I screamed it at the top of my dry and desperate lungs.

“I don’t know how to get to You, and I don’t know how to get You to come to me.”

You’re probably thinking that I cried out these words before I became a Christ-follower, in some small church service, during a February revival when one of those guest evangelists visits your church for a week, and when you have nightly “revival meetings”.

Nope. Not even close.

It’s 2018, and I’ve been a Christ-follower for over 40 years.

I want to dance with You again, like we used to. But those days seem long-gone and nearly forgotten. I only remember what I think I remember about what we once had, and I question whether I’m remembering that with any hint of accuracy.”

And then I said the most honest thing I’ve said in these last four years – maybe in the last forty.

“God – You feel a million miles away, and I didn’t ask for any of this.”

Somewhere in the mixture of this out loud verbal tirade and the tears that were beginning to flow quite freely, I was feeling a freedom-release, even though the words were brutally honest and only partially truthful.  The words were coming from some place deeper than my heart, wherever that place is, whatever that place is called. It felt like an invitation from the Divine – to scream those words out loud at Him, and I’m pretty sure it was because I was surrendering, even though words like that don’t sound much like surrender.

There was no guilt. No shame. No embarrassment. No fear. I had come to the end of me, and I was finally admitting it.


I had come to the end of the ridiculous Karmic version of Christianity I had bought into.

I had come to the end of striving for some next solution to my chronic physical pain.

I had come to the end of what anyone might think of me, and any fear associated with that self-revelation.

I had come to the end of chapter-and-verse quoting as a way of getting God to bend His ear or act or speak or move, and I saw with clarity the slow turning I’d made from embracing a God-written Manuscript of interactions between heaven and earth, into a book that I’d turned into a list of principles for successful living. 

Nothing was working to rid me of my chronic pain, and I’d finally come to the end of pretending that something labeled “working” might work at all.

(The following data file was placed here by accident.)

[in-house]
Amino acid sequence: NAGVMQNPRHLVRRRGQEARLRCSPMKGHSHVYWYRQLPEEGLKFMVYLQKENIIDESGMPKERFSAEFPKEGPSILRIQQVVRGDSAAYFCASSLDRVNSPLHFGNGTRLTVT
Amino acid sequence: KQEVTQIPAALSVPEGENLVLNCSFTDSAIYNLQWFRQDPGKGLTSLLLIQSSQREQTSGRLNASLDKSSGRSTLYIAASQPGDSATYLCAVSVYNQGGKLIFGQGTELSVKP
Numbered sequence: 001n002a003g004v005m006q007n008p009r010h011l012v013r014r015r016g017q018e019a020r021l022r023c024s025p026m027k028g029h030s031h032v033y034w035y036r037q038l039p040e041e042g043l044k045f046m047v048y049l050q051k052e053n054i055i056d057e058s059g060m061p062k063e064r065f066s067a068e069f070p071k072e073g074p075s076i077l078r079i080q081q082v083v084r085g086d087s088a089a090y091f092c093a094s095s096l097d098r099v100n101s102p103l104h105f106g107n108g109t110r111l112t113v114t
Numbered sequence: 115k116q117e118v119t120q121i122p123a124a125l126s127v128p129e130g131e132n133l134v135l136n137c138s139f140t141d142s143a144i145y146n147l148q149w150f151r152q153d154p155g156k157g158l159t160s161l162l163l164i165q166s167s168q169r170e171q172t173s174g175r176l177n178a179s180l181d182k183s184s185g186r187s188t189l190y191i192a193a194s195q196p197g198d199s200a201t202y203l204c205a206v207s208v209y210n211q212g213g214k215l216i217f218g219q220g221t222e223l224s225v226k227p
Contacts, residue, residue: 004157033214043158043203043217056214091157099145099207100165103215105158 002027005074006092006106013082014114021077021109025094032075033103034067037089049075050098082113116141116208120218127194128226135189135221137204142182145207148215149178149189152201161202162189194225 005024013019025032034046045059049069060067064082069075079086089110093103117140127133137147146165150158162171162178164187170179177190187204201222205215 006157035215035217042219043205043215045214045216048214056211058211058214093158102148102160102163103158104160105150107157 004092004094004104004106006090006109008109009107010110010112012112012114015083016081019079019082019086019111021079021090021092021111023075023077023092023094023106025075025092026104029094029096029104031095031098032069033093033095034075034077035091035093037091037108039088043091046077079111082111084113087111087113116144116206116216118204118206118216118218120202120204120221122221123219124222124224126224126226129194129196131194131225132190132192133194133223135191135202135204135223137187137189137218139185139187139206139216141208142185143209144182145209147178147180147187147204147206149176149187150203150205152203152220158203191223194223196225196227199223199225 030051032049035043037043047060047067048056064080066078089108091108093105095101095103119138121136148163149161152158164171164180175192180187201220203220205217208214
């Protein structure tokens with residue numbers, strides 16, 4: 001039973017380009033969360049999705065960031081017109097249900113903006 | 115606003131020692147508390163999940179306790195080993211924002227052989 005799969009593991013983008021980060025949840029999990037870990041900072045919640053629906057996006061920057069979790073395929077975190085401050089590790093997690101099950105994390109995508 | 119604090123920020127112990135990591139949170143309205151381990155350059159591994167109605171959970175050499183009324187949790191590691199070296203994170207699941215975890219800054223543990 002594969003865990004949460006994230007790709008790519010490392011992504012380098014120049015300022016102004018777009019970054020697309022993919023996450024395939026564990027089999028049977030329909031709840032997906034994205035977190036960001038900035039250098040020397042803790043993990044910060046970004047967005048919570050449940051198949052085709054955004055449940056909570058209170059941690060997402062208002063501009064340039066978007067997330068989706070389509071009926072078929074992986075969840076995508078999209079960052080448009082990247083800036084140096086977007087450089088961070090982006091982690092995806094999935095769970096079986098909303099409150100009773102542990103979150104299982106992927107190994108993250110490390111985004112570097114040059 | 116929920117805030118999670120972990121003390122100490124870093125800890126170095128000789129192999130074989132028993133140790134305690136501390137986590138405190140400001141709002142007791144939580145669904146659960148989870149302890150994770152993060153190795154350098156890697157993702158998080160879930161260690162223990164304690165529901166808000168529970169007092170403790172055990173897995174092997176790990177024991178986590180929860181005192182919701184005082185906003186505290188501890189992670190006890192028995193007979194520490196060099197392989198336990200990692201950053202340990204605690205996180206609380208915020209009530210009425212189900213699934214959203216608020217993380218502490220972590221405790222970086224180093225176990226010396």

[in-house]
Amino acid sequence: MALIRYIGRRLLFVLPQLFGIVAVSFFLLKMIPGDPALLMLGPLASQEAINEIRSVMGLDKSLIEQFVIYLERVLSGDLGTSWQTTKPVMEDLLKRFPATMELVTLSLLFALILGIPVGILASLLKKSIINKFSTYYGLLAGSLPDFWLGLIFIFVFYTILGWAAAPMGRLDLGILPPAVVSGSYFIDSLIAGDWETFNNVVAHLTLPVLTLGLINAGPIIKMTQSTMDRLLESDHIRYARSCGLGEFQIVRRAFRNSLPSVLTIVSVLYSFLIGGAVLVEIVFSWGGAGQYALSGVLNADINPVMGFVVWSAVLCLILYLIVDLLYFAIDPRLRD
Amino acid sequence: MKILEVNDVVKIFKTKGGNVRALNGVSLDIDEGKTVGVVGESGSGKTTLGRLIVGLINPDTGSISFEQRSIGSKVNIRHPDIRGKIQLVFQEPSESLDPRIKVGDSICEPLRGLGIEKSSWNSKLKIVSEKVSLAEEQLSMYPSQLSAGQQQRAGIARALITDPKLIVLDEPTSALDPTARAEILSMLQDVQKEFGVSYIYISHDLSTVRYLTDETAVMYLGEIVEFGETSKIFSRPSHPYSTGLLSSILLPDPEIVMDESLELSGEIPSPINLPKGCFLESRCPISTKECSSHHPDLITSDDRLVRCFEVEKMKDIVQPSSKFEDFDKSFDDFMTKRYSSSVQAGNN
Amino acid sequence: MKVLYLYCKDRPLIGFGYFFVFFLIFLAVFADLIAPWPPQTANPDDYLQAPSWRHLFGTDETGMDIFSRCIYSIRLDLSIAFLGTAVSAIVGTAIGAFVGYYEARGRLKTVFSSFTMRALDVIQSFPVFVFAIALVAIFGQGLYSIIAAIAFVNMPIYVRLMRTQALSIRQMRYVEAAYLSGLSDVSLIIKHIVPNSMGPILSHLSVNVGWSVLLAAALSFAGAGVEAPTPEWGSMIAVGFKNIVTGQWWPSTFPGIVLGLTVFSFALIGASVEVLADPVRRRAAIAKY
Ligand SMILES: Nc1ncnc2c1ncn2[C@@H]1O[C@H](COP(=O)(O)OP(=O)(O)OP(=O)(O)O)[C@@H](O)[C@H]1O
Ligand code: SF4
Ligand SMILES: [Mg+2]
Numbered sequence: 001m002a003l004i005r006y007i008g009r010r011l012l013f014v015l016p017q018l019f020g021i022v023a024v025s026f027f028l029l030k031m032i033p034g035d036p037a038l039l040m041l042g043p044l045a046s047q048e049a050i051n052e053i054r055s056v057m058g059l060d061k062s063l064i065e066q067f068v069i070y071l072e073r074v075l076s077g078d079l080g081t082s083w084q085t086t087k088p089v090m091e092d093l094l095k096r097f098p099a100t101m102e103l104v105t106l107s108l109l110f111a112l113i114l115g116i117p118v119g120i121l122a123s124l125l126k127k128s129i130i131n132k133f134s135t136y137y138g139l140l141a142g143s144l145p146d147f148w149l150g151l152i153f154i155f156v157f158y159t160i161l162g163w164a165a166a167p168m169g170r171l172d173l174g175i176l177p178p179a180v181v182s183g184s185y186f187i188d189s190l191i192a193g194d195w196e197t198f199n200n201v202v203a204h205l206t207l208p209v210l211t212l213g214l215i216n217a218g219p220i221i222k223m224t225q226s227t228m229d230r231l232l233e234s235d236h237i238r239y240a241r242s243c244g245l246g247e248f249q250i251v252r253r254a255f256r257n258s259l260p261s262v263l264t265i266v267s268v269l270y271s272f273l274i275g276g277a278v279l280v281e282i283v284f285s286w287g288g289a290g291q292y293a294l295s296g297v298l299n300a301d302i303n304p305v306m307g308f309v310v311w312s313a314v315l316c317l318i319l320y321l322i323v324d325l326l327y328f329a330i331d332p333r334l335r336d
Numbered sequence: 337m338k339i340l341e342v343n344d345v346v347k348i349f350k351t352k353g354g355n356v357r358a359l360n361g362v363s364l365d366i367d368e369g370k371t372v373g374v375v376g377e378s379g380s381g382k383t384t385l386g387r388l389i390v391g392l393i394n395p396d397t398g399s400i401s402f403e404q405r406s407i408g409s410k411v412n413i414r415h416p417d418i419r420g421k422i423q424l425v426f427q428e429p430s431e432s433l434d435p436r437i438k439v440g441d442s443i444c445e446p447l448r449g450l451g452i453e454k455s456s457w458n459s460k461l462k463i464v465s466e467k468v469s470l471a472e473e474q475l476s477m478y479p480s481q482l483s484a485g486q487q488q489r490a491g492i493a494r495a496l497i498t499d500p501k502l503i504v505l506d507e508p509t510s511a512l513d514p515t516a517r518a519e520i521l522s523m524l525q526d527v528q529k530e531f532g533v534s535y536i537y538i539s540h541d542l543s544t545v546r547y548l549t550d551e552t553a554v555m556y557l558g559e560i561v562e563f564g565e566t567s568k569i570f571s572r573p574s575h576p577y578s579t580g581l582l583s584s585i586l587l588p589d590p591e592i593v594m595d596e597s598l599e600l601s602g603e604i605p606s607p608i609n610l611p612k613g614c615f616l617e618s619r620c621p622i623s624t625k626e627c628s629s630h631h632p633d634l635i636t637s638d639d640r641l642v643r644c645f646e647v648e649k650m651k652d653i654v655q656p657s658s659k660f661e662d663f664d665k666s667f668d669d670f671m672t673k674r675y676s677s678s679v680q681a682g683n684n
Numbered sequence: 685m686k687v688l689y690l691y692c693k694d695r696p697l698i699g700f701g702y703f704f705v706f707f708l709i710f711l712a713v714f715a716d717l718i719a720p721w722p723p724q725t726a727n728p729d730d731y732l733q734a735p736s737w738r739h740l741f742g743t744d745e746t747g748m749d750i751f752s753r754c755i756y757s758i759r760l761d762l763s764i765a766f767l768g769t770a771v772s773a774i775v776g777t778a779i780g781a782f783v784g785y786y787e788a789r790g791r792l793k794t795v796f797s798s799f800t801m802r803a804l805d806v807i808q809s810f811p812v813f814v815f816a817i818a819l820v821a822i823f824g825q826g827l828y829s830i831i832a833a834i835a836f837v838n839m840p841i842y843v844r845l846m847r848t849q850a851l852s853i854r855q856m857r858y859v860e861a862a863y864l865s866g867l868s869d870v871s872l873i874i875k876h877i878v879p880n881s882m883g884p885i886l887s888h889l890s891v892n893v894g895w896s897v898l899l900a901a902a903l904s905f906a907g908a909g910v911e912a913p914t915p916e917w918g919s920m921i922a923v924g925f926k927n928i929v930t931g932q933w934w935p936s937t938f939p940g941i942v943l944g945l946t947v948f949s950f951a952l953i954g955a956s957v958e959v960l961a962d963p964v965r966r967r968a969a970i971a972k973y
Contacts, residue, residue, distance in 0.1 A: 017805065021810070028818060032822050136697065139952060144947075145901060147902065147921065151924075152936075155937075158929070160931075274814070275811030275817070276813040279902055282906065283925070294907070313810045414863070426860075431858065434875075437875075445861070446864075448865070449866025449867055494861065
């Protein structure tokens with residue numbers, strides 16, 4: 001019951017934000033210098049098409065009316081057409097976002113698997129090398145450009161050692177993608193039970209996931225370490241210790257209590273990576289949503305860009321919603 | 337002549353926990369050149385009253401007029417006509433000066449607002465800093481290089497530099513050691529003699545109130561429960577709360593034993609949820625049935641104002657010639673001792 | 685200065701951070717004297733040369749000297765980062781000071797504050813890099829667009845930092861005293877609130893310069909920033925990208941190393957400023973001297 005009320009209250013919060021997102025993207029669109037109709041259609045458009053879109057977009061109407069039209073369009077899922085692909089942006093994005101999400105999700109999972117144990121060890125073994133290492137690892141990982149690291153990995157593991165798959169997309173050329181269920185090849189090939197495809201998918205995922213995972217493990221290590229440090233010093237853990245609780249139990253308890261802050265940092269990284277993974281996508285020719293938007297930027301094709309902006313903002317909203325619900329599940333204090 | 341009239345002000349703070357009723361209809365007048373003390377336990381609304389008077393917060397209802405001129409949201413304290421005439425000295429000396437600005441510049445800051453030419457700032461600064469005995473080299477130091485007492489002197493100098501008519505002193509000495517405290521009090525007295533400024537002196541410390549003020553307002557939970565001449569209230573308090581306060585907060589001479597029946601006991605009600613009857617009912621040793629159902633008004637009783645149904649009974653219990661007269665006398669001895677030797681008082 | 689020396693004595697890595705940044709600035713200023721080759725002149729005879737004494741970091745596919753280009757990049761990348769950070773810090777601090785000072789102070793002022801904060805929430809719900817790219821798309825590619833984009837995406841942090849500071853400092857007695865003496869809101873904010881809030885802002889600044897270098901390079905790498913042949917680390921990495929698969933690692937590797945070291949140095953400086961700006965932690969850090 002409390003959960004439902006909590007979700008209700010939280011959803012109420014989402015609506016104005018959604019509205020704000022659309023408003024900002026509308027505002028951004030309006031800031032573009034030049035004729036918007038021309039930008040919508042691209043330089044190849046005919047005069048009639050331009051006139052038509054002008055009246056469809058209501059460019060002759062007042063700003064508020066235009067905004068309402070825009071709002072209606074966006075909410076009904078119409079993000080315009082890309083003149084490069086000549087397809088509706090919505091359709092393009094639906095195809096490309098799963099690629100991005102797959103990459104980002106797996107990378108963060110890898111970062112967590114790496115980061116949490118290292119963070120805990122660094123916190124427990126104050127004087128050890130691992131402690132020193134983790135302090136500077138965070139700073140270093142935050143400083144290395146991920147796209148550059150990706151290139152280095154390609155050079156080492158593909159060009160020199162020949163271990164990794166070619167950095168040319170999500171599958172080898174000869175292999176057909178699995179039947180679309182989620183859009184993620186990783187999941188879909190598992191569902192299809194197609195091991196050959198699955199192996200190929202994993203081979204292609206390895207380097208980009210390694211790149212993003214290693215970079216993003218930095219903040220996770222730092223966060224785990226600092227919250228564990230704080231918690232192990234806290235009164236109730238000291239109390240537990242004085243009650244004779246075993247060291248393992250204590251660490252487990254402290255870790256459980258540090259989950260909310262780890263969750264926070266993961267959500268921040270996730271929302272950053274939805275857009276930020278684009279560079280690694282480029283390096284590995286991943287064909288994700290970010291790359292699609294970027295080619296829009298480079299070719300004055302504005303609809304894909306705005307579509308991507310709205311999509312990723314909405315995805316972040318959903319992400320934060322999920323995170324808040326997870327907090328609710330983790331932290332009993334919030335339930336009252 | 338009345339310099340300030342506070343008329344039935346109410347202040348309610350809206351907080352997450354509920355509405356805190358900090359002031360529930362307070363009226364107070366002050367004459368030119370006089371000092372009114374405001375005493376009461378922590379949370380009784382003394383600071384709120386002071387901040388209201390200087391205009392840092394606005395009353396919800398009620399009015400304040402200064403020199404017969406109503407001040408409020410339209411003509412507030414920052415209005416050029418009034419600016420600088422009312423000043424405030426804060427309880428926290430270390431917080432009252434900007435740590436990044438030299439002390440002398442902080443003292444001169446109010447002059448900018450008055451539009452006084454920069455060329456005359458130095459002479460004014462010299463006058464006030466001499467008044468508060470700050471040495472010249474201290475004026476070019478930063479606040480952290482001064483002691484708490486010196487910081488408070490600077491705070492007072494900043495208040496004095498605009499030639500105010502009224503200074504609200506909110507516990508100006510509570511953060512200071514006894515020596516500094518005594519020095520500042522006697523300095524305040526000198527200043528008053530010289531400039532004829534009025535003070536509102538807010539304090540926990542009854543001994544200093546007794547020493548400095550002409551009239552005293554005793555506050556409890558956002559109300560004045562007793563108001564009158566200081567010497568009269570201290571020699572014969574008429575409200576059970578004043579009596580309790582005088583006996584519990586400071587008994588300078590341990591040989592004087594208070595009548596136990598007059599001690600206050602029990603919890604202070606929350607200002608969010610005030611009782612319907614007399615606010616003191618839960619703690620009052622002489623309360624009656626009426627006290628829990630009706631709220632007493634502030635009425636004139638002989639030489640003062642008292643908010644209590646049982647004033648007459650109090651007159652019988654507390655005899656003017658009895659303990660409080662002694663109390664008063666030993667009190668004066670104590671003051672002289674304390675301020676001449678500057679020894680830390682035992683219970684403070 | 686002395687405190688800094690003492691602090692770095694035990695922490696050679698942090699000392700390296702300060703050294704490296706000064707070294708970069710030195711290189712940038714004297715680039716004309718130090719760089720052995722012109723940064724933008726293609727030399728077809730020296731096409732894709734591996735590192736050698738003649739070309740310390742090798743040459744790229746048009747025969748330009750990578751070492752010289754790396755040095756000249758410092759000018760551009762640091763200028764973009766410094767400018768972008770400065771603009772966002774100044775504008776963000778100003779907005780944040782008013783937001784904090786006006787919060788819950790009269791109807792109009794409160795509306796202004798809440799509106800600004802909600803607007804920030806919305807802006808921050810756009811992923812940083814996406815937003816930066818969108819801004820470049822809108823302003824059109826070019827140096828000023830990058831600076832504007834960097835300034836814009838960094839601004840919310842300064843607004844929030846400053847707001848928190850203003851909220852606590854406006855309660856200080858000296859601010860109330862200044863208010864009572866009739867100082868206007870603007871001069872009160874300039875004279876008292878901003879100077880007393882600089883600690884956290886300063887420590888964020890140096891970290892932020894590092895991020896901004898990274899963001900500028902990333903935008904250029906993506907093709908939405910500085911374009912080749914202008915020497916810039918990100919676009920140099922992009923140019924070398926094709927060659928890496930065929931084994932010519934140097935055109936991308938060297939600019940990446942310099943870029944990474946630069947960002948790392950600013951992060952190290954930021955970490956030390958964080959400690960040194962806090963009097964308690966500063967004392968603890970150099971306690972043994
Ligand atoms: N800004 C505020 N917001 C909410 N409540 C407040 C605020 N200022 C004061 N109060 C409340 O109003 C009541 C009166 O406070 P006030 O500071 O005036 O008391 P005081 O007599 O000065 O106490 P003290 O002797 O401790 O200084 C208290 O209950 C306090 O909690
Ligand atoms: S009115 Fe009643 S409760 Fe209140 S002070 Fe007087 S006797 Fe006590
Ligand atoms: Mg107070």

I sat in the corner chair of my master bedroom, and sobbed like a baby. After an hour or so, with my eyes still wet and my lungs depleted of oxygen, the phone rang. My buddy’s image appeared on my smart phone, so I picked it up, unsure of what I would say, and equally unsure about how he might respond to the desperation of my words.

After our 30 minute conversation had ended, I looked up, and I saw glory. Not like I’d been to heaven or seen God or anything. But my release was palpable, and my perspective was being changed. The glory of God is a heaviness (the Hebrew word actually means “weight”), and I felt it as fully as I’ve ever felt it in my life, and ironically the weight of the glory of God made me lighter.

My eyes stayed wet for the rest of the day. Angela and I had dinner at our favorite trashy Mexican food place that night, and I ate a taco that isn’t on the menu unless you know the cook.  As we did so, my eyes were red the entire time. My voice kept cracking as I told her the story I’m now telling you – as I recounted the phone conversation with my friend.

These are the things that happen to a person when they come to the end of themselves. These are the gorgeous vista scenes that can only be born in a land that is dry and desolate – a desert where rivers once flowed, and where the dry rocks at the bottom of that once-flowing riverbed yearn for those streams to flow over them once again.

This is the moment God has been leading me to all along, no matter what my future brings.

I am in process with no conclusion to offer. I’m in the center of my journey. So if you’re looking for some writer or thought-leader or preacher who wraps everything up in a colorful Christian bow and offers steps and principles to get God to do what you secretly wish for, then that guy is most definitely not me. 

Self help? Ha. That’s funny right there. There’s no self-help here, because when we get to the end of ourselves, there’s no self at all.

This is a journey of equals together – you and me.  And maybe somewhere along our shared journey, perhaps we’ll see and hear and taste glimpses of what God has stored up for us already in heaven. And maybe those glimpses will be quite enough to make the rivers flow again.